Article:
Orencia contains the active ingredient abatacept, and it’s available only as a brand-name biologic drug. It doesn’t come in a biosimilar version. A biosimilar medication is a drug that’s similar to a brand-name biologic drug (the parent drug). Also, biosimilars tend to cost less than brand-name medications.


Biologic drugs can be expensive because of the research needed to test their safety and effectiveness. The manufacturer of a biologic drug can sell it for up to 12 years. When the biologic drug’s patent expires, multiple manufacturers can create biosimilar versions. This marketplace competition may lead to lower costs for biosimilars. Also, because biosimilars are very similar to biologic drugs, they don’t require the same costly testing.

If you take Orencia long term, you may be able to lower its cost in the following ways.

Getting a 3-month supply

You may be able to get a 90-day supply of Orencia. If approved by your insurance company, getting a 90-day supply of the drug could reduce your number of trips to the pharmacy and help lower the cost. If you’re interested in this option, check with your doctor, pharmacist, or insurance provider.

Using a mail-order pharmacy

Orencia may be available through a mail-order pharmacy. Using this type of service may help lower the drug’s cost and allow you to receive your medication without leaving home. Some Medicare plans may help cover the cost of mail-order medications. You may also be able to get a 90-day supply of the drug via mail order.

If you don’t have health insurance, talk with your doctor or pharmacist. They may be able to suggest online pharmacy options that could work for you.

If you need financial support to pay for Orencia, or if you need help understanding your insurance coverage, help is available. For example:

  • A program called Orencia On Call is available for this drug. For more information and to find out if you’re eligible for support, call 800-ORENCIA (800-673-6242) or visit the program website.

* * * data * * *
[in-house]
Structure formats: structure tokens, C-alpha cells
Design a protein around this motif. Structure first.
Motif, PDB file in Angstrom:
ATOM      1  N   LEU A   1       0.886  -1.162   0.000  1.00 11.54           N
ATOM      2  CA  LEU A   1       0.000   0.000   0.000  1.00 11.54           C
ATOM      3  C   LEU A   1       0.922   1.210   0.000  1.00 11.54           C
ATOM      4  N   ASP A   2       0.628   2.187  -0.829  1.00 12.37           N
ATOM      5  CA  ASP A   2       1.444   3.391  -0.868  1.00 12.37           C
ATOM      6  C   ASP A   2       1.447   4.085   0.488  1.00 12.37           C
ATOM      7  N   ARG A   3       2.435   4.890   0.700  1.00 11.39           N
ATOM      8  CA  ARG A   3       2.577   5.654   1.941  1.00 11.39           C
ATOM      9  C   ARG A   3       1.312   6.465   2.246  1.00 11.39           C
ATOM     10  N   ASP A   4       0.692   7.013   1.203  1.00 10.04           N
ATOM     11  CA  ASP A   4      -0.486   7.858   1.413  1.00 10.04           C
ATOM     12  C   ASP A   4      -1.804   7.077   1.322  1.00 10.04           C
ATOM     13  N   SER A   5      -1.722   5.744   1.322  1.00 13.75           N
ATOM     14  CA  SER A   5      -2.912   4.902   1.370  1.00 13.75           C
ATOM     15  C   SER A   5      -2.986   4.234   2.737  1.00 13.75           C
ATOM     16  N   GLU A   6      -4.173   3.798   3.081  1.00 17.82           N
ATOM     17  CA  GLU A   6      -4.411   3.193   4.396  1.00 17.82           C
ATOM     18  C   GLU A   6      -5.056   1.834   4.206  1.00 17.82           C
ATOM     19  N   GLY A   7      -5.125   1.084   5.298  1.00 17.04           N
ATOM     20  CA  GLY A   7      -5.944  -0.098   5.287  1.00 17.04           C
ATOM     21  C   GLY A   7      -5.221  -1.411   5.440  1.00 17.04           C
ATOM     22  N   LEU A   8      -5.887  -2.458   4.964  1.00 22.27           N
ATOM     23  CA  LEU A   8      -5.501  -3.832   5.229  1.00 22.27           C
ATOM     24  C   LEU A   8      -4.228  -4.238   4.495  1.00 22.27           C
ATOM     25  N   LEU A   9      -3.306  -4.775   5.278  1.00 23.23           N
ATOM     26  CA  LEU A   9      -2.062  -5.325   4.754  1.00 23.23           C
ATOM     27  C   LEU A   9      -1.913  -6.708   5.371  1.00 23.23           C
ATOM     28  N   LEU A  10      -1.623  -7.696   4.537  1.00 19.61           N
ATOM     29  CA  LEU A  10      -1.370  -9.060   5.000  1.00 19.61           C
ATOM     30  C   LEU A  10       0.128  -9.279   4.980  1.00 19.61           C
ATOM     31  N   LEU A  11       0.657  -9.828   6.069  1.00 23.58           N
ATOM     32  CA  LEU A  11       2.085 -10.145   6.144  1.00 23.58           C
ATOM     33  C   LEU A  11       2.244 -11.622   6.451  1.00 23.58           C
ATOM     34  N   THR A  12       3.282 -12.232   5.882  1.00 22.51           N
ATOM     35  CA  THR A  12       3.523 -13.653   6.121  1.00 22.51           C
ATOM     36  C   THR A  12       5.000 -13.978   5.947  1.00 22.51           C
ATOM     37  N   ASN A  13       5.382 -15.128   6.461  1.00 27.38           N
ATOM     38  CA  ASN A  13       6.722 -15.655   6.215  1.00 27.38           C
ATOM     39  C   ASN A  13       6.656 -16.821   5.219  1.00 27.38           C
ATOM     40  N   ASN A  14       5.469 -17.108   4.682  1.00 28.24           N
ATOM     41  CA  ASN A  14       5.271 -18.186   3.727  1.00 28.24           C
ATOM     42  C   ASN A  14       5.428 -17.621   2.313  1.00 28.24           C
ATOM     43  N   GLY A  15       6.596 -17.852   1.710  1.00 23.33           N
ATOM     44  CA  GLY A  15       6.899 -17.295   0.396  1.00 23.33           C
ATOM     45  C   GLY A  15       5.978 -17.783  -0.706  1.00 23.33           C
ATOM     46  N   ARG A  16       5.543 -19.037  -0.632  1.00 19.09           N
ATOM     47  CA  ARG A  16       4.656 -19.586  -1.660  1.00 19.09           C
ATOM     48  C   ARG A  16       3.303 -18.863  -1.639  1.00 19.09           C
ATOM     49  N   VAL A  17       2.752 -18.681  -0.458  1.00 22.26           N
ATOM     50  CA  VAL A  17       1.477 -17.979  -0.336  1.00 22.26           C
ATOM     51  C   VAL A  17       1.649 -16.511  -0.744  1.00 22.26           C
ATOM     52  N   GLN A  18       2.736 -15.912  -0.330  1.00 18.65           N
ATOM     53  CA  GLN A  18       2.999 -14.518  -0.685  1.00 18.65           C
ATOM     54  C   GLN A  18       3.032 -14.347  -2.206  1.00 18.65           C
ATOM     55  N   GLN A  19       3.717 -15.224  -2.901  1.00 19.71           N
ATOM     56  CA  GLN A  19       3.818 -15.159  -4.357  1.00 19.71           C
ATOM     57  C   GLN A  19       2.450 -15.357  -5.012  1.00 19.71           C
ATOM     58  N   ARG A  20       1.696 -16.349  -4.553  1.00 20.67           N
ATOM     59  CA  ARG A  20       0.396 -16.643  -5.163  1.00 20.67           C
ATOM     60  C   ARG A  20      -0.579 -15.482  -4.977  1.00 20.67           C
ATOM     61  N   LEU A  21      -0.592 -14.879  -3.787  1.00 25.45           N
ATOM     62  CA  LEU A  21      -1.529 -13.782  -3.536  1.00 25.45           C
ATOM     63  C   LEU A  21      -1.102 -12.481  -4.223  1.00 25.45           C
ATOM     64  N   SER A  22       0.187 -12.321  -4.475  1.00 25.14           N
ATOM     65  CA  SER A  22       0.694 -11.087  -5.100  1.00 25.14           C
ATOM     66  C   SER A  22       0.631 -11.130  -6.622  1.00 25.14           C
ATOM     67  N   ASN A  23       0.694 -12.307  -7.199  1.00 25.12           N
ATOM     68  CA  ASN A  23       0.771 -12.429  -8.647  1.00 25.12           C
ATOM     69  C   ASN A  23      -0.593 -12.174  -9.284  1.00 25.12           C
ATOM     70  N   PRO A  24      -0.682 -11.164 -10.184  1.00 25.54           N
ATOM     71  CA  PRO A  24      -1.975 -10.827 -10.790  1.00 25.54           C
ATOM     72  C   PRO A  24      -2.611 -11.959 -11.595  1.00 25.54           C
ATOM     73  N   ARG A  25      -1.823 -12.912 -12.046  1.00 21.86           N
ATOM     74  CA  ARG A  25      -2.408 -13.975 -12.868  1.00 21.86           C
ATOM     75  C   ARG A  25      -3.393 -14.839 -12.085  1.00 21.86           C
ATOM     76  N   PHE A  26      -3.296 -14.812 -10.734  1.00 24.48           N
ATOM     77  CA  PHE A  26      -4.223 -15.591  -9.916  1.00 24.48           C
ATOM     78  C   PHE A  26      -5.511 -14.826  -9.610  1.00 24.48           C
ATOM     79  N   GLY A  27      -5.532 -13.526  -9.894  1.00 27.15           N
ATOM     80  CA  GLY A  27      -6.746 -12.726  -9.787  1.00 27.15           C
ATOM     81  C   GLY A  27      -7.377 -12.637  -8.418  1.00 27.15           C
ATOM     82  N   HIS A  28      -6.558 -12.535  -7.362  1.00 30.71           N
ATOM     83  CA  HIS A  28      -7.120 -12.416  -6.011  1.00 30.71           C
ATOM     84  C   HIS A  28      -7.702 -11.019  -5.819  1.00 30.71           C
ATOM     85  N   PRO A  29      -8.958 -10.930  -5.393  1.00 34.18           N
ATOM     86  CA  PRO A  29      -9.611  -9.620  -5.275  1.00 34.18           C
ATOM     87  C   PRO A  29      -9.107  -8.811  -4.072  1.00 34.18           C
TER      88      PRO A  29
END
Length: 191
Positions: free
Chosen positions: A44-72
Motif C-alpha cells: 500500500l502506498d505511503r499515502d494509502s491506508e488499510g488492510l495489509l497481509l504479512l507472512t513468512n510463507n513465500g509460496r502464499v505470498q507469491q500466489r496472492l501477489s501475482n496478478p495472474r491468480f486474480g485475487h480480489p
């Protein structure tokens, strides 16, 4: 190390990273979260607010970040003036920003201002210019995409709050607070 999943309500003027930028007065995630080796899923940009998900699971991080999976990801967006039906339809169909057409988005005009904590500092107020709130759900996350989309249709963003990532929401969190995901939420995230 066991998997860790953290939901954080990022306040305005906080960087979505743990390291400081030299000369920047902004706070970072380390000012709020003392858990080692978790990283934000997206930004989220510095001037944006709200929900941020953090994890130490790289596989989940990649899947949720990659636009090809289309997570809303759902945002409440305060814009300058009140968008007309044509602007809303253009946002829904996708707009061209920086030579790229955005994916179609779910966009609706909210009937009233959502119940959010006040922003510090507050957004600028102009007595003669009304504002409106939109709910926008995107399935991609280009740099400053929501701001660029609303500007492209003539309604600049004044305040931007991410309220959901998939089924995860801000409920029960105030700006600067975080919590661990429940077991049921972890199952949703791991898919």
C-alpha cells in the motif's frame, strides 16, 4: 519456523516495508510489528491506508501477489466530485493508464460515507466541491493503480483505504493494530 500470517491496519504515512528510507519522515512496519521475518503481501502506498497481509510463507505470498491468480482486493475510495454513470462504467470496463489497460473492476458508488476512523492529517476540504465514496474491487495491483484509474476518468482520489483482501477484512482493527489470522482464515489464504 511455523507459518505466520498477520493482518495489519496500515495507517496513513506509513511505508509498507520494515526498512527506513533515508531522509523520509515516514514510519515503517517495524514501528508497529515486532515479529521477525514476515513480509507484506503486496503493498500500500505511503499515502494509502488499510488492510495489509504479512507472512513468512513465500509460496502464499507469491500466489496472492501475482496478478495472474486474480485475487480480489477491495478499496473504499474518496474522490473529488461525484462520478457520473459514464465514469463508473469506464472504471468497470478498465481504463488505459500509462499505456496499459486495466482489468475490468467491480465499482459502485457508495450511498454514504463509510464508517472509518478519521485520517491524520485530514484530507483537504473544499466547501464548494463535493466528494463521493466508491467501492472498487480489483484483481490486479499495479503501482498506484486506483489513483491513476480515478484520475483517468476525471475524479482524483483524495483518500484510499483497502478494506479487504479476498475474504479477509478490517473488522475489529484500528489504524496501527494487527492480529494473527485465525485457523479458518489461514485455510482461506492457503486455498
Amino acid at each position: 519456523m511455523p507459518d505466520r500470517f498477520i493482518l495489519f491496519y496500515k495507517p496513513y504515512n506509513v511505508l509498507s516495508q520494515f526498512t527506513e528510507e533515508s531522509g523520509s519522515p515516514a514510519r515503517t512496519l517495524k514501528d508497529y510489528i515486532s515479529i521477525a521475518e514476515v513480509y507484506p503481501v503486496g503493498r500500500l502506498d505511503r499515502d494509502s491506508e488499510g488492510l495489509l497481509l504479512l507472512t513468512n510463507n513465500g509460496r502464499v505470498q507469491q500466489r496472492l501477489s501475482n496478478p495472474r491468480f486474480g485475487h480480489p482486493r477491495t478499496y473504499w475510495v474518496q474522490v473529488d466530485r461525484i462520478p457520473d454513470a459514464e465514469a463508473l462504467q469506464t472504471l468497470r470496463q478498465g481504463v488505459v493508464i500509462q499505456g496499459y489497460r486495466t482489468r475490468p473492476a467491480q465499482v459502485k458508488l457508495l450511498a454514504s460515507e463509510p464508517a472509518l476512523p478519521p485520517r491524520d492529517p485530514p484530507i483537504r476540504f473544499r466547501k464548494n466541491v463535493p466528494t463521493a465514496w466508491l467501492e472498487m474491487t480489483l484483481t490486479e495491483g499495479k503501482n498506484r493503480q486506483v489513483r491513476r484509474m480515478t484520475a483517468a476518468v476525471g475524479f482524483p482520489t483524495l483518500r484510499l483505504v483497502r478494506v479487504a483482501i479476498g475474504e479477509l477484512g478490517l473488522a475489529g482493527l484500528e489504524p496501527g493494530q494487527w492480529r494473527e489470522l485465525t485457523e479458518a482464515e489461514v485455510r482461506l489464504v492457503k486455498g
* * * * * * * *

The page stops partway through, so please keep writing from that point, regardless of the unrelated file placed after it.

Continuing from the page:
• Some websites provide details about drug assistance programs, ways to make the most of your insurance coverage, and links to savings cards and other services. Two such websites are:

To learn more about saving money on prescriptions with or without insurance, check out this article.

Now that you’ve learned about cost and Orencia, you may still have some questions. Talk with your doctor or pharmacist, who can provide personalized guidance about cost issues related to Orencia. But if you have health insurance, you’ll need to talk with your insurance provider to learn the actual cost you would pay for Orencia.

Here are some other resources you may find helpful:

Disclaimer: Medical News Today has made every effort to make certain that all information is factually correct, comprehensive, and up to date. However, this article should not be used as a substitute for the knowledge and expertise of a licensed healthcare professional. You should always consult your doctor or another healthcare professional before taking any medication. The drug information contained herein is subject to change and is not intended to cover all possible uses, directions, precautions, warnings, drug interactions, allergic reactions, or adverse effects. The absence of warnings or other information for a given drug does not indicate that the drug or drug combination is safe, effective, or appropriate for all patients or all specific uses.